Happy things

What’s made you happy this week?  For me, it’s been …

💕  walking with the dog

Even when the weather is a bit rubbish and I can hear the rain on the windows before I get up, I know that I’ll feel better once I’ve been out with the dog.  It’s the time in the day when it’s just me and my thoughts (and one eye on my daft hound), there’s nothing to do except put one foot in front of the other and somehow, with the rhythm of my footsteps, everything falls into place so by the time I get home, I’m ready to face the day.

It doesn’t always feel like it sometimes, I have to say, with the rain dripping off my nose and the dog choosing the wrong moment to disappear into the bushes for what feels like an eternity, but I do know that whatever the weather, the fresh air will work it’s magic and by the time I get home, I’m in a much better mood.

💕  knitting socks

You’d have thought that after knitting socks pretty much constantly for over 10 years now, I’d have got a bit fed up of them but I really haven’t.  They fill my days (and, according to my husband, my dreams) and I just love them.

💚  I love them when they’re half-knitted …

like big daughter’s boyfriend’s ginormous socks.  I’m onto the second one now, and it’s coming along nicely.  Luckily, he’s far too polite to be chivvying me along whenever I see him, but I do need to get this sock finished soon so that he can wear his new pair.

💙  I love them when they’re nearly finished …

just the toes to be Kitchenered now on this new sock with the New Leaf no-nylon yarn that I’m working with.  It’s been interesting to knit with, quite different to anything else that I’ve got on my needles at the moment – beautifully soft but not a mindless knit which isn’t a bad thing, just different.

The yarn is so brand new that it’s not even up on the website yet, but that will change on Friday (24 November) when the yarn is launched if you want to check out the New Leaf Yarns website (2022 update – New Leaf Yarns is no longer trading) – do be warned, though, that the alpaca blend yarns there are seriously gorgeous and you will want to spend money!  There will be a review of this yarn next year when I’ve road-tested my socks for six months, but what I would say to you now is that a beginner might struggle with this as it’s quite fluffy (which can be a hindrance if you need to frog your knitting on a regular basis) and it does split in places.  For a more confident knitter, however, it’s a very natural type of yarn, it feels fabulously soft to knit with – you can really tell the difference when you pick up another yarn afterwards even if you thought that was a soft one! – and it’s definitely an option if you’re interested in no-nylon yarns.  It’s a limited edition run based on this year’s shearing which is all part of the fun of a natural yarn!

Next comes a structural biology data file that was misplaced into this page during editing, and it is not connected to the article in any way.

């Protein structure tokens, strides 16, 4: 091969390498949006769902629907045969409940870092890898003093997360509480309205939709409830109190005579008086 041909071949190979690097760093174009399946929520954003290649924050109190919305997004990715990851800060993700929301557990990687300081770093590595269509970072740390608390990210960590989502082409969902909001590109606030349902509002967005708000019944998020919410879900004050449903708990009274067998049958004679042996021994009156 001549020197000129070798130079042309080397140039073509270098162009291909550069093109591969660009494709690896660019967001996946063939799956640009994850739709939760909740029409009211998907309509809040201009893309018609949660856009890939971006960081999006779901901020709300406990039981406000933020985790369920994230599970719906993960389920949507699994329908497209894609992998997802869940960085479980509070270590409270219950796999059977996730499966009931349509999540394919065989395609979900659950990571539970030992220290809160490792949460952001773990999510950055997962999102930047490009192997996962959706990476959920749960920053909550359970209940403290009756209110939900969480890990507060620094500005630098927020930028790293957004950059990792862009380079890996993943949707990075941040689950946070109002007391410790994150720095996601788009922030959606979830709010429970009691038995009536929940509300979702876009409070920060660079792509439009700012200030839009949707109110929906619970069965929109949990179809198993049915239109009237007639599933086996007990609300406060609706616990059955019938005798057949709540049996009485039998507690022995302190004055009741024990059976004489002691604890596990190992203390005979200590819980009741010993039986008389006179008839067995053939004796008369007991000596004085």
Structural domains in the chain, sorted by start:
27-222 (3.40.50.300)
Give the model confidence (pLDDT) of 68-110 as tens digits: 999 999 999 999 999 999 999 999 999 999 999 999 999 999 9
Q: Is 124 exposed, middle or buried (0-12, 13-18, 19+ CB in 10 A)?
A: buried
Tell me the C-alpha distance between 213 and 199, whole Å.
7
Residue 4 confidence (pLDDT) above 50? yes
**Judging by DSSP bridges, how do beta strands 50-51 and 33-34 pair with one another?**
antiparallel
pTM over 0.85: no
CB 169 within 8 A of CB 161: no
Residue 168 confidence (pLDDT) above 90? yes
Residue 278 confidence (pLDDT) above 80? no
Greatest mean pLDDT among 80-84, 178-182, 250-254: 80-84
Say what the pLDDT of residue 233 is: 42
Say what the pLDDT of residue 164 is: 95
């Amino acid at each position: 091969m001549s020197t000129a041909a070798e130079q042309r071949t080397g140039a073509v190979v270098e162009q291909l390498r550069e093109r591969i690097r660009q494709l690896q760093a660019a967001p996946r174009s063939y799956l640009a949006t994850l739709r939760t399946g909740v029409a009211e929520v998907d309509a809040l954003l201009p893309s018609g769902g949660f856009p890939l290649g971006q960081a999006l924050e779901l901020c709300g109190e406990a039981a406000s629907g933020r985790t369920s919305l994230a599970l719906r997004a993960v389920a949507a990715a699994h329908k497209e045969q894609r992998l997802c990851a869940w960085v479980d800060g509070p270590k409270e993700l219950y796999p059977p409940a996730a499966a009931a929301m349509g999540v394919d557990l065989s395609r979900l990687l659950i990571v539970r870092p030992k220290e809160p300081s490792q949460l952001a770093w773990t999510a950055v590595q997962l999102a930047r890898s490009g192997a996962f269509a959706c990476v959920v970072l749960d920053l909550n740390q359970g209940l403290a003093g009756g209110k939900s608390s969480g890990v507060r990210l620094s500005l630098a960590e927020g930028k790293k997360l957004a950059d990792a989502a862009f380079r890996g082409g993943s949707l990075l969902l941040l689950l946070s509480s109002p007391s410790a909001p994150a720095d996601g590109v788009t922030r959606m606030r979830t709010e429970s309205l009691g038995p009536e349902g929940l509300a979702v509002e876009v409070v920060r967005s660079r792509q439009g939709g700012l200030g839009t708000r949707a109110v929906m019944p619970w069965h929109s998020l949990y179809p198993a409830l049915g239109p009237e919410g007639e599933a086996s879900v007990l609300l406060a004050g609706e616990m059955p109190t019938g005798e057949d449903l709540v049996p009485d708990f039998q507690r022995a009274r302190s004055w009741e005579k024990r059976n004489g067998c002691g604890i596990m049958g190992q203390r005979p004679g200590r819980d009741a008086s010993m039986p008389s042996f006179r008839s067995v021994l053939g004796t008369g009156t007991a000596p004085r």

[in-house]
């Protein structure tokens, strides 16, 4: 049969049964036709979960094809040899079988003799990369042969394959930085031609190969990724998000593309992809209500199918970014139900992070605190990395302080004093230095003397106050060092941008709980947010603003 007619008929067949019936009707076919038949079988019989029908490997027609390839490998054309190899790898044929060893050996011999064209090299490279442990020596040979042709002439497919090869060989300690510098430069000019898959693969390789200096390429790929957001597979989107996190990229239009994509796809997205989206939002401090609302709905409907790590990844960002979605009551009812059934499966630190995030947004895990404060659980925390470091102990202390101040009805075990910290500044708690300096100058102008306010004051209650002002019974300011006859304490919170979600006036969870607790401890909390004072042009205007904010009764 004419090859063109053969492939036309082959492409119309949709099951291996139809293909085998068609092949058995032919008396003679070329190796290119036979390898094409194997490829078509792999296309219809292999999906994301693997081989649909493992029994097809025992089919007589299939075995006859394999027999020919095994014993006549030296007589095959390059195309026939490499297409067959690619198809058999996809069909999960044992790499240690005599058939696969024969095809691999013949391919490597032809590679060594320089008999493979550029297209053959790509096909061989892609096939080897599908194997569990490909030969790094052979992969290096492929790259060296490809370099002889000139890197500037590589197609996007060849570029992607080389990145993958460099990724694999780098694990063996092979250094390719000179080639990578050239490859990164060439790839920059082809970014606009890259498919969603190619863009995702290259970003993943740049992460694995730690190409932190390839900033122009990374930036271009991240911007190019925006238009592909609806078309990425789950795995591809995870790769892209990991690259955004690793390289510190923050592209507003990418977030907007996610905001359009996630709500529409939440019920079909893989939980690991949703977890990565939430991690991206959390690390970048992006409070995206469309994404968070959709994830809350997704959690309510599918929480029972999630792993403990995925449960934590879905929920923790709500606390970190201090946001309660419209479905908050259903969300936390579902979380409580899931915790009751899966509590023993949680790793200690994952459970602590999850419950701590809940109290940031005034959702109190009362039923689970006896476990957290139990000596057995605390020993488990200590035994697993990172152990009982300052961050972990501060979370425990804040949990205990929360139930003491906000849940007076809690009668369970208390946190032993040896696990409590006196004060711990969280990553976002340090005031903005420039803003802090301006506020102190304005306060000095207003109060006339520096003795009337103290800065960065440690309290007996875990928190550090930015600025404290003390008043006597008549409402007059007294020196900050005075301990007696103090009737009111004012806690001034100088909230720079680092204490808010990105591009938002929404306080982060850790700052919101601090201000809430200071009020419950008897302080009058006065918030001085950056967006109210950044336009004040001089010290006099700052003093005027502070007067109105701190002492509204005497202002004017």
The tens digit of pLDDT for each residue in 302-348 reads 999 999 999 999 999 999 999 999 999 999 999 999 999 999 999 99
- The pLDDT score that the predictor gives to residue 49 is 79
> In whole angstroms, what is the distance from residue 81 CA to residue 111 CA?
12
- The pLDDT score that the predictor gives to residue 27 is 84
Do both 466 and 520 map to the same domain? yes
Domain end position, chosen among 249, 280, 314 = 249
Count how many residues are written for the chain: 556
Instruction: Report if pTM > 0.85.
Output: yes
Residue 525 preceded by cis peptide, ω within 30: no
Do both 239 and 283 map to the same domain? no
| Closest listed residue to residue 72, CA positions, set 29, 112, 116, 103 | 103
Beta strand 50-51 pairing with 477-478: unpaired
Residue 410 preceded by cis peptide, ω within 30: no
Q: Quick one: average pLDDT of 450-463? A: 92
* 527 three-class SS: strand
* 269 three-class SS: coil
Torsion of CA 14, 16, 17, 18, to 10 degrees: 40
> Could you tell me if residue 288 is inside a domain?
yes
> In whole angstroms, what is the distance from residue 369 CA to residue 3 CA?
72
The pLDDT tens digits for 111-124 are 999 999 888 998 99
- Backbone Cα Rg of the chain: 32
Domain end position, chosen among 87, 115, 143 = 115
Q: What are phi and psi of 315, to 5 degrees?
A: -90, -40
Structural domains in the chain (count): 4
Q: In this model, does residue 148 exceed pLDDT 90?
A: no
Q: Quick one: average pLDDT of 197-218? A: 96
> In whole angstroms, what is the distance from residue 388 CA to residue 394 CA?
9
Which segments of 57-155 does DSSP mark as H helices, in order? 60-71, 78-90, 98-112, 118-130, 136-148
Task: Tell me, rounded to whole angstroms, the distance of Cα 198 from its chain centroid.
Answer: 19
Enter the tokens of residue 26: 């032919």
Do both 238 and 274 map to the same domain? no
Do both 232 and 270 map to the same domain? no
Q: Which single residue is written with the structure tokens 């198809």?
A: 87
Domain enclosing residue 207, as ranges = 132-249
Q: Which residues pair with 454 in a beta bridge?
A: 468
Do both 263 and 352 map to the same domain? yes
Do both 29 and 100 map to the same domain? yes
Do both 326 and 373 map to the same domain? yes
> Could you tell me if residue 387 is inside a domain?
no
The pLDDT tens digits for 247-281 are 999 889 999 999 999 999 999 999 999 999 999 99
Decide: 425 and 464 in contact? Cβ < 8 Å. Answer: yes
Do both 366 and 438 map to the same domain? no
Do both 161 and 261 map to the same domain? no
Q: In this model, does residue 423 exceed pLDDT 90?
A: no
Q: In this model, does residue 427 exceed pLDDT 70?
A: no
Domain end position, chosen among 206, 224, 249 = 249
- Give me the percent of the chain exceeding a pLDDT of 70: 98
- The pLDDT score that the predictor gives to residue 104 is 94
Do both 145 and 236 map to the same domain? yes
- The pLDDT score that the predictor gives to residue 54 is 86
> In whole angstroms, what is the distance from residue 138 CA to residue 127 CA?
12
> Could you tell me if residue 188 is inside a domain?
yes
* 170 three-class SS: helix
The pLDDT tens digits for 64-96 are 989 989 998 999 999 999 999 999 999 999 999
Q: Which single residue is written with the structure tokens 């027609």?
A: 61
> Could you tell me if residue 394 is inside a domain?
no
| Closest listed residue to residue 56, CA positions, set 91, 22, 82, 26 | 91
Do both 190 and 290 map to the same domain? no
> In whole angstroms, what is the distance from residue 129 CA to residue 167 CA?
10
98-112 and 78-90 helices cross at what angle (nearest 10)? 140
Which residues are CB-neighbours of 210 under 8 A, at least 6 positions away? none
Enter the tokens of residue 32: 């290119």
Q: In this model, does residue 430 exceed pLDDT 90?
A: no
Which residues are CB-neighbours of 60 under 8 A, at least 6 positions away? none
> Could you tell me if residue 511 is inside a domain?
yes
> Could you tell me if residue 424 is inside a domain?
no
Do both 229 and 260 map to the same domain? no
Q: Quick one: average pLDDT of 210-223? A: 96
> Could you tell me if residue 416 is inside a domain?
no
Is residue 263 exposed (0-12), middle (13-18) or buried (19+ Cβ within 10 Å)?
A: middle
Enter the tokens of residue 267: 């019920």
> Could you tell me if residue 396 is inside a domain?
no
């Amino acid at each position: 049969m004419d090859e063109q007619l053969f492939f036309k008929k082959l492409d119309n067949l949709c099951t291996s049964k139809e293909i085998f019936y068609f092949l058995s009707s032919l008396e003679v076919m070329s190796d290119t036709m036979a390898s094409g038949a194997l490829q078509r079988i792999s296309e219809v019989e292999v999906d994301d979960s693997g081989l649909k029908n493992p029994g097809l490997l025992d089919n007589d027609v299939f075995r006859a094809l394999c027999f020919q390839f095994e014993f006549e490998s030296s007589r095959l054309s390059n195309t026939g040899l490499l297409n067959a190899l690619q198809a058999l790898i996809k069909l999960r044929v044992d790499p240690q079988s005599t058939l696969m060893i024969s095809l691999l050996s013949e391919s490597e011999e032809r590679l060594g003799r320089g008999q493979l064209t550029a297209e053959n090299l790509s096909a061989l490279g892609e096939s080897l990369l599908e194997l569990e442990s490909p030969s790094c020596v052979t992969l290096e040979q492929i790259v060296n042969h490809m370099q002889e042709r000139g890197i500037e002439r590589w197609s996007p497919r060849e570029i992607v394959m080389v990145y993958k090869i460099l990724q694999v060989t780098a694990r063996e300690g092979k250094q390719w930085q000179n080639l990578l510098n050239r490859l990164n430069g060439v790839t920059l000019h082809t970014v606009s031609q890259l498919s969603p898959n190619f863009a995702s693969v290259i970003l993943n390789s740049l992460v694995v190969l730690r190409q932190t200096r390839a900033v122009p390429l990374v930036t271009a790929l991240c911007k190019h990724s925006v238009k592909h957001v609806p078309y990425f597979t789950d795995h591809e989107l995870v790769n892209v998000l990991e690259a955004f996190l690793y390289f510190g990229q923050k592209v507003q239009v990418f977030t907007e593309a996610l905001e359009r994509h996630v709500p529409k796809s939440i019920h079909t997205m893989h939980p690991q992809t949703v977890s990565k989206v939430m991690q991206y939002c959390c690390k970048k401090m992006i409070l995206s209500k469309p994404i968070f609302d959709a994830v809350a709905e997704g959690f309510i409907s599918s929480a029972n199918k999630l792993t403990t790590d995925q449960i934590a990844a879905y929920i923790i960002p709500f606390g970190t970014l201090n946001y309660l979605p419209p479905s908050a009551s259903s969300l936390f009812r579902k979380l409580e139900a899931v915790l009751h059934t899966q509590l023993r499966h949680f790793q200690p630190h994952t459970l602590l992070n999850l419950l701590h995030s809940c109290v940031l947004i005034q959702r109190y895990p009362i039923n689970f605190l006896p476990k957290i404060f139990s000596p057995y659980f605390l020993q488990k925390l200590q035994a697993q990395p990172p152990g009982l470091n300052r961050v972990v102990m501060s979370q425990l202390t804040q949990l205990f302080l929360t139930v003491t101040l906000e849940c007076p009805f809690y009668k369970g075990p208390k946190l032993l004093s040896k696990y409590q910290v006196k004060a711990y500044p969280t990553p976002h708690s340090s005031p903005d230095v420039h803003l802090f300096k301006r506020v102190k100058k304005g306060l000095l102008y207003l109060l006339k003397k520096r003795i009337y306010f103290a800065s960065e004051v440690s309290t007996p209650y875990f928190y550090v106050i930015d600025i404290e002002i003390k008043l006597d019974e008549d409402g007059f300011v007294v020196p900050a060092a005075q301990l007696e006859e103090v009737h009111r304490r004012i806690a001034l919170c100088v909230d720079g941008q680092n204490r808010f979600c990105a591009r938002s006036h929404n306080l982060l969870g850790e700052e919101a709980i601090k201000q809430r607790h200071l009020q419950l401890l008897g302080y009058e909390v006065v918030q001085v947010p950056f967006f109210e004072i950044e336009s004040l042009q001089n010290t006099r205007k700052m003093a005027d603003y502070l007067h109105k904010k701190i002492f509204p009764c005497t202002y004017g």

The pattern is one of my own which I’ll share at some point when I’ve finished my pair if anyone fancies trying it out for themselves 😀

💜  And I love them when I can put them on my feet!

These are my new Whistlebare socks in Cuthbert’s Sock yarn which I showed to you a short while ago.  I ran out of yarn at the toes but Alice at Whistlebare was able to come to the rescue and now they’re finished.  The turquoise is shade Kirk Yelthom and the pink is shade Grubbit Law, both named after places close to the Whistlebare farm.  Oh, I love love love these socks!  They feel very luxurious on my feet, as soft and silky as they were to knit, and I am so looking forward to wearing these out and about.  As it’s a no-nylon yarn, a lovely blend of mohair and Wensleydale which both come from the Whistlebare farm, there’ll be a review of how they’ve worn in about six months’ time so do look out for that if you’re interested in no-nylon sock yarns.

The pattern is Magic Mirroron Ravelry, it’s a free download and is actually a toe-up sock pattern, although it was easy enough to alter to my usual top-down style.  I used the smallest size with this yarn and they’ve worked out beautifully; Cuthbert’s Sock knits up slightly bigger than other yarns so a 56 stitch cast on which would otherwise have been too small for me worked out just fine.  The pattern is easier than it looks and was an enjoyable knit so if you’re looking for something new to cast on, I’d definitely recommend looking at this pattern.

💕  saying goodbye to Yarndale Sock Line socks.

The last of the socks are off to their new homes this week.  I am never sorry to see them go; rather, I’m excited to think that they’re finally going to be doing the job that they were knitted to do.  I’ll be writing about them next week and will be able to tell you where all the socks have gone then.  It was great to have so many suggestions of places to contact this year.  I have been in touch with all the places that were suggested to me, or as best as I could.  Some didn’t answer the phone, some said they didn’t want the socks, others said they would call me back but didn’t – the good news, though is that the people that I’ve sent the socks to are all absolutely delighted that we’ve been able to send them boxes of socks and knowing that they will be going somewhere they are appreciated is the best thing of all.

💕  a treat for me!

Source: Black Sheep Wools